The aims of the transhumanist movement are summed up by Mark O’Connell in his book To Be a Machine, which last week won the Wellcome Book prize. “It is their belief that we can and should eradicate ageing as a cause of death; that we can and should use technology to augment our bodies and our minds; that we can and should merge with machines, remaking ourselves, finally, in the image of our own higher ideals.”

The idea of technologically enhancing our bodies is not new. But the extent to which transhumanists take the concept is. In the past, we made devices such as wooden legs, hearing aids, spectacles and false teeth. In future, we might use implants to augment our senses so we can detect infrared or ultraviolet radiation directly or boost our cognitive processes by connecting ourselves to memory chips. Ultimately, by merging man and machine, science will produce humans who have vastly increased intelligence, strength, and lifespans; a near embodiment of gods.

Is that a desirable goal? Advocates of transhumanism believe there are spectacular rewards to be reaped from going beyond the natural barriers and limitations that constitute an ordinary human being. But to do so would raise a host of ethical problems and dilemmas. As O’Connell’s book indicates, the ambitions of transhumanism are now rising up our intellectual agenda. But this is a debate that is only just beginning.

There is no doubt that human enhancement is becoming more and more sophisticated – as will be demonstrated at the exhibition The Future Starts Here which opens at the V&A museum in London this week. Items on display will include “powered clothing” made by the US company Seismic. Worn under regular clothes, these suits mimic the biomechanics of the human body and give users – typically older people – discrete strength when getting out of a chair or climbing stairs, or standing for long periods.

In many cases these technological or medical advances are made to help the injured, sick or elderly but are then adopted by the healthy or young to boost their lifestyle or performance. The drug erythropoietin (EPO) increases red blood cell production in patients with severe anaemia but has also been taken up as an illicit performance booster by some athletes to improve their bloodstream’s ability to carry oxygen to their muscles.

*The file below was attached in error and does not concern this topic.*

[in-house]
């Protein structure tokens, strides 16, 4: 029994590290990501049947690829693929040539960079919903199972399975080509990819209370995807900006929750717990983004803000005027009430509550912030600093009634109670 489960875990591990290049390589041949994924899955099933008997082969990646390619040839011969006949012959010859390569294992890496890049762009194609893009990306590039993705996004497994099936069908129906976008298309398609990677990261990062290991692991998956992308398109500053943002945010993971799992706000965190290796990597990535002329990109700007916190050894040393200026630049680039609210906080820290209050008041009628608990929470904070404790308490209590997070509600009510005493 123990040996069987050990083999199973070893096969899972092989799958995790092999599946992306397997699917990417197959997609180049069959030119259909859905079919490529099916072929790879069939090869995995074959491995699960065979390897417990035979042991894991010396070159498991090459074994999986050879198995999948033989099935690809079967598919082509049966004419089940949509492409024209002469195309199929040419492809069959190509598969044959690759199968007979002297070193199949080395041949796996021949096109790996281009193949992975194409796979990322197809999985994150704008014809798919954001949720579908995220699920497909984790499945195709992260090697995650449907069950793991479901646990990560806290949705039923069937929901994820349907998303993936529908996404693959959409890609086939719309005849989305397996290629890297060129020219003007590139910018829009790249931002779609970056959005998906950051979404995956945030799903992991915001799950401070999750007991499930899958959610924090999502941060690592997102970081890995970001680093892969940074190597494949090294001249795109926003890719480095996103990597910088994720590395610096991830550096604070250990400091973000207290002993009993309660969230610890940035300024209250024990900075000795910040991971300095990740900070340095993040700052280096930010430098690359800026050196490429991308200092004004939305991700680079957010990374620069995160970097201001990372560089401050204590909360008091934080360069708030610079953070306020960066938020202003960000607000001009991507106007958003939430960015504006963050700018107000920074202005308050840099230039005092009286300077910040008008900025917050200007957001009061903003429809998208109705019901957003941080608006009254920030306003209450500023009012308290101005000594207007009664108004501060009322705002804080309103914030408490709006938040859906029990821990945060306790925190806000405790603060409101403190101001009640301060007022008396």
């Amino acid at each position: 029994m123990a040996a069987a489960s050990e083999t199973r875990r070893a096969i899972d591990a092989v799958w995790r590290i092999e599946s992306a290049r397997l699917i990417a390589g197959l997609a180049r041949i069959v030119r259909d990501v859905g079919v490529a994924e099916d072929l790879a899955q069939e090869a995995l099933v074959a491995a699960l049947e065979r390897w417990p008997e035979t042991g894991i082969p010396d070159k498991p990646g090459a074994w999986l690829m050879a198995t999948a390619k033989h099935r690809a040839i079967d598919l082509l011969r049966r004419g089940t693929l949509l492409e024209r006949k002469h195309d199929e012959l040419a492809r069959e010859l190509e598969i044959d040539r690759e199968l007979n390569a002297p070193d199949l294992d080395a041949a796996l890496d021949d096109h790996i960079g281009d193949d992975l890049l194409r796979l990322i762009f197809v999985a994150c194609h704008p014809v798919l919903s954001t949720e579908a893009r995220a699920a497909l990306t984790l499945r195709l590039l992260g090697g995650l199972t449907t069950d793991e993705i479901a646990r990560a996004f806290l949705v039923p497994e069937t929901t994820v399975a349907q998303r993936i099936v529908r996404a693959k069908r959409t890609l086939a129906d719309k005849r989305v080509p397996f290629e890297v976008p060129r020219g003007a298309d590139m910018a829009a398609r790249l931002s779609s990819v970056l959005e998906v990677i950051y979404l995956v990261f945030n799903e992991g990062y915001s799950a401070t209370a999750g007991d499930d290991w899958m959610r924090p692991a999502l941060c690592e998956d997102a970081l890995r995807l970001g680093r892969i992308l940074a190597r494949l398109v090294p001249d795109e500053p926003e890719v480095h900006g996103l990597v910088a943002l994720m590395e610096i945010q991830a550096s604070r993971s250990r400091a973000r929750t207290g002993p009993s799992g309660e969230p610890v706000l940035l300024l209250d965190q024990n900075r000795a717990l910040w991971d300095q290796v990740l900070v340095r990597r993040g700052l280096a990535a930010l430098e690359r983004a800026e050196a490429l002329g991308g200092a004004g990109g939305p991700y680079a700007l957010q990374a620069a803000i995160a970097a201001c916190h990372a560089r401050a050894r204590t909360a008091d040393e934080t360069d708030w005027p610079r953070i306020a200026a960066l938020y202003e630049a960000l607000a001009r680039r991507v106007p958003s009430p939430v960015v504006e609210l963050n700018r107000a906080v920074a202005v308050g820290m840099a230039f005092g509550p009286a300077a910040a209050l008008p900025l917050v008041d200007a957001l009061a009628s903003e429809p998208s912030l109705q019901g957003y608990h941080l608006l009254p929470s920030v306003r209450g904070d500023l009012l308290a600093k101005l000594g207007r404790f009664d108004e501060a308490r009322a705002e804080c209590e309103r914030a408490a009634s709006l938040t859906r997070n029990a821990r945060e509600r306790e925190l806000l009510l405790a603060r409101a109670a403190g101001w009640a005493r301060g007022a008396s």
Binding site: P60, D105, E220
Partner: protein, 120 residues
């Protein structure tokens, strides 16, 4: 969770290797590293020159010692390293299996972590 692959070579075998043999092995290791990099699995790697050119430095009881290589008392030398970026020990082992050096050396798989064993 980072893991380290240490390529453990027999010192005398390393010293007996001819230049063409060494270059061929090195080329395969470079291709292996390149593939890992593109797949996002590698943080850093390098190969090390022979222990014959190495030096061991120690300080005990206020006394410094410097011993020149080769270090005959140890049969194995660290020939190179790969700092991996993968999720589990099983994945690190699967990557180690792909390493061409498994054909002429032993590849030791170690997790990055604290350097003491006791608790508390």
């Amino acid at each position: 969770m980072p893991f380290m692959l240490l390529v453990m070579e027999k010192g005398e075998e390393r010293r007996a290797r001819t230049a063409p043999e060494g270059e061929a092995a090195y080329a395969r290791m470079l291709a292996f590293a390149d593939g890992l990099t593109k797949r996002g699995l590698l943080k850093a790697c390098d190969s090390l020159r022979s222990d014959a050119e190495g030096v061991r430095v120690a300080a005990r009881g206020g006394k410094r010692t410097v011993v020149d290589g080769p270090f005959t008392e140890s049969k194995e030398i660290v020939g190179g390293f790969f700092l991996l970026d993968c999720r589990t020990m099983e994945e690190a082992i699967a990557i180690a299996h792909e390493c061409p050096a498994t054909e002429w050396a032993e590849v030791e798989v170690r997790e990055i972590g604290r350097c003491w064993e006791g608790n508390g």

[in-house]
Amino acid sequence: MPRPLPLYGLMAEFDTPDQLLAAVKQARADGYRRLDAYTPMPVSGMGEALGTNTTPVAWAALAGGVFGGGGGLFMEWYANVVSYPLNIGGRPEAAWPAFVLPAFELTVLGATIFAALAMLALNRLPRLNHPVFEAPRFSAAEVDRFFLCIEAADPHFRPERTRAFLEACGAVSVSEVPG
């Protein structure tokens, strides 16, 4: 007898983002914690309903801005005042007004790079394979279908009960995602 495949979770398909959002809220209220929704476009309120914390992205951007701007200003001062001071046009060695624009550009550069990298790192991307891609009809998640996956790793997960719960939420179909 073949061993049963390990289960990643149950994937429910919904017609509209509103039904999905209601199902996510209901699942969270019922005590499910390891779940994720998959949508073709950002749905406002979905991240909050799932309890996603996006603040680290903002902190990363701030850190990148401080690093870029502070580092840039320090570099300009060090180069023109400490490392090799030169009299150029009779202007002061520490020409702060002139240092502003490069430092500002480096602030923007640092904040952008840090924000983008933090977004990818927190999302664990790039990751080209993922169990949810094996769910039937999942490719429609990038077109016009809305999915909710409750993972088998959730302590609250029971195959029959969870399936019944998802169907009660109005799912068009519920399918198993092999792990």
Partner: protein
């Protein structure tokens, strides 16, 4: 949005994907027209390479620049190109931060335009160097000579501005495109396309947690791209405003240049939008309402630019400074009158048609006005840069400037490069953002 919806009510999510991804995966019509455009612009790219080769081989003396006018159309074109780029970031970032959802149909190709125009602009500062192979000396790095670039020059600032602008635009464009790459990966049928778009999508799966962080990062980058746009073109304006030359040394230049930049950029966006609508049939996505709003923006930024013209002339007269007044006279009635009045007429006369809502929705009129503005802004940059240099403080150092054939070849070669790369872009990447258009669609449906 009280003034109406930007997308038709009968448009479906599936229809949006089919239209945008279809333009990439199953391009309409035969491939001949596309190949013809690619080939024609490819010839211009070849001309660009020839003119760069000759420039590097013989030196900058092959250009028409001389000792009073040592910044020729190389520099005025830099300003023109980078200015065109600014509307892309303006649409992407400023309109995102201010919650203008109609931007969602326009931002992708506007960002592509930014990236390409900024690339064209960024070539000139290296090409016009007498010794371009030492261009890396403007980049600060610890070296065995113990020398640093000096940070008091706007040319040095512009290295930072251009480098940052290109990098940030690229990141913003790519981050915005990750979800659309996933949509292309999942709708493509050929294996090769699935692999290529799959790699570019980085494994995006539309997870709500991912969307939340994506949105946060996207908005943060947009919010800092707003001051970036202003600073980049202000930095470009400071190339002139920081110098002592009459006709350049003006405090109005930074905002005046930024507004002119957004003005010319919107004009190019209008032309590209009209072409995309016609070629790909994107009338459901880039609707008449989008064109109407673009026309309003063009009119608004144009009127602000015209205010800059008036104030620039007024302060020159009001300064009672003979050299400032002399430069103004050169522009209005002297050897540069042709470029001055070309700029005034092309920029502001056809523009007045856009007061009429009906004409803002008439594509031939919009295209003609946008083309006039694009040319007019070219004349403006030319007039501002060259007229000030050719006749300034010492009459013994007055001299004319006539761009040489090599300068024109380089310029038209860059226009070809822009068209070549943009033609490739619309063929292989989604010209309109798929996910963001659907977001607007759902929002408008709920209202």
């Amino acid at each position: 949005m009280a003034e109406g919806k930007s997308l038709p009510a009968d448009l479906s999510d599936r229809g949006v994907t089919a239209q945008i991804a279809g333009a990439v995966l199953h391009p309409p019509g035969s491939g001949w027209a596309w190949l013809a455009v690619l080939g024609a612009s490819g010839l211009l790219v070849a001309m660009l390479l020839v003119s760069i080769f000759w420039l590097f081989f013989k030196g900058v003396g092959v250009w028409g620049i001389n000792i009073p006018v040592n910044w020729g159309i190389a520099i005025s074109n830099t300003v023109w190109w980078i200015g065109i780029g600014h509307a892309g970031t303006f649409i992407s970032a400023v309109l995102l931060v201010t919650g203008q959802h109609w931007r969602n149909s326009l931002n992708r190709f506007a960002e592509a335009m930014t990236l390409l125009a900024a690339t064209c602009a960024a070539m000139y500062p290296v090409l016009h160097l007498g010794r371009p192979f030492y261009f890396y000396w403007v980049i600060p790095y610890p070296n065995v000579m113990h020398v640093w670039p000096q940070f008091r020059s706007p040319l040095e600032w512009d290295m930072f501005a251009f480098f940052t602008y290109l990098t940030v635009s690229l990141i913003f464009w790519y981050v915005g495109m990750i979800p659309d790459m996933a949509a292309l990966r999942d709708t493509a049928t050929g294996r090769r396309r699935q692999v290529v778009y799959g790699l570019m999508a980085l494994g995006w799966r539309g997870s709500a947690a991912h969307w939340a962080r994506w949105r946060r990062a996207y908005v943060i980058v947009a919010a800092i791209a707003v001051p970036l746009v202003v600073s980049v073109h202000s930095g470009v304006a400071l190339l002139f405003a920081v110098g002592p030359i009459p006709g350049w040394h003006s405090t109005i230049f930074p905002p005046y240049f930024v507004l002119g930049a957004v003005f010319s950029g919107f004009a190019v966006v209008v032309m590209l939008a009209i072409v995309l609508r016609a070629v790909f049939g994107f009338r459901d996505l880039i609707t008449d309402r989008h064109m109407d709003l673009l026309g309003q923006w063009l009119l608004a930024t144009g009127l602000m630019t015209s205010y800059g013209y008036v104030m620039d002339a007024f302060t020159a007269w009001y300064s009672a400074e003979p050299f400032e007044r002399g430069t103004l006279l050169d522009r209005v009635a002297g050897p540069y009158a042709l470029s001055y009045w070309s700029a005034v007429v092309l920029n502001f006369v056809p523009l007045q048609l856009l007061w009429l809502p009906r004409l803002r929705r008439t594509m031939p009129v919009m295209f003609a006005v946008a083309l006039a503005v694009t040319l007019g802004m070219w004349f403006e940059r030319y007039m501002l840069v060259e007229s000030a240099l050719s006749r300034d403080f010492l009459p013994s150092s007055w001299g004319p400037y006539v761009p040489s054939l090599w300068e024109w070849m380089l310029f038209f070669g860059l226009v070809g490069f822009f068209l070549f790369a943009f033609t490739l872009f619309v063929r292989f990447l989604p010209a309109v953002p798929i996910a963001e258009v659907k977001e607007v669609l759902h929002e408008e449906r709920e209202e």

And that is just the start, say experts. “We are now approaching the time when, for some kinds of track sports such as the 100-metre sprint, athletes who run on carbon-fibre blades will be able outperform those who run on natural legs,” says Blay Whitby, an artificial intelligence expert at Sussex University.

The question is: when the technology reaches this level, will it be ethical to allow surgeons to replace someone’s limbs with carbon-fibre blades just so they can win gold medals? Whitby is sure many athletes will seek such surgery. “However, if such an operation came before any ethics committee that I was involved with, I would have none of it. It is a repulsive idea – to remove a healthy limb for transient gain.”

Not everyone in the field agrees with this view, however. Cybernetics expert Kevin Warwick, of Coventry University, sees no problem in approving the removal of natural limbs and their replacement with artificial blades. “What is wrong with replacing imperfect bits of your body with artificial parts that will allow you to perform better – or which might allow you to live longer?” he says.

Warwick is a cybernetics enthusiast who, over the years, has had several different electronic devices implanted into his body. “One allowed me to experience ultrasonic inputs. It gave me a bat sense, as it were. I also interfaced my nervous system with my computer so that I could control a robot hand and experience what it was touching. I did that when I was in New York, but the hand was in a lab in England.”

Such interventions enhance the human condition, Warwick insists, and indicate the kind of future humans might have when technology augments performance and the senses. Some might consider this unethical. But even doubters such as Whitby acknowledge the issues are complex. “Is it ethical to take two girls under the age of five and train them to play tennis every day of their lives until they have the musculature and skeletons of world champions?” he asks. From this perspective the use of implants or drugs to achieve the same goal does not look so deplorable.

This last point is a particular issue for those concerned with the transhumanist movement. They believe that modern technology ultimately offers humans the chance to live for aeons, unshackled – as they would be – from the frailties of the human body. Failing organs would be replaced by longer-lasting high-tech versions just as carbon-fibre blades could replace the flesh, blood and bone of natural limbs. Thus we would end humanity’s reliance on “our frail version 1.0 human bodies into a far more durable and capable 2.0 counterpart,” as one group has put it.

However, the technology needed to achieve these goals relies on as yet unrealised developments in genetic engineering, nanotechnology and many other sciences and may take many decades to reach fruition. As a result, many advocates – such as the US inventor and entrepreneur Ray Kurzweil, nanotechnology pioneer Eric Drexler and PayPal founder and venture capitalist Peter Thiel have backed the idea of having their bodies stored in liquid nitrogen and cryogenically preserved until medical science has reached the stage when they can be revived and their resurrected bodies augmented and enhanced.

Four such cryogenic facilities have now been constructed: three in the US and one in Russia. The largest is the Alcor Life Extension Foundation in Arizona whose refrigerators store more than 100 bodies (nevertheless referred to as “patients” by staff) in the hope of their subsequent thawing and physiological resurrection. It is “a place built to house the corpses of optimists”, as O’Connell says in To Be a Machine.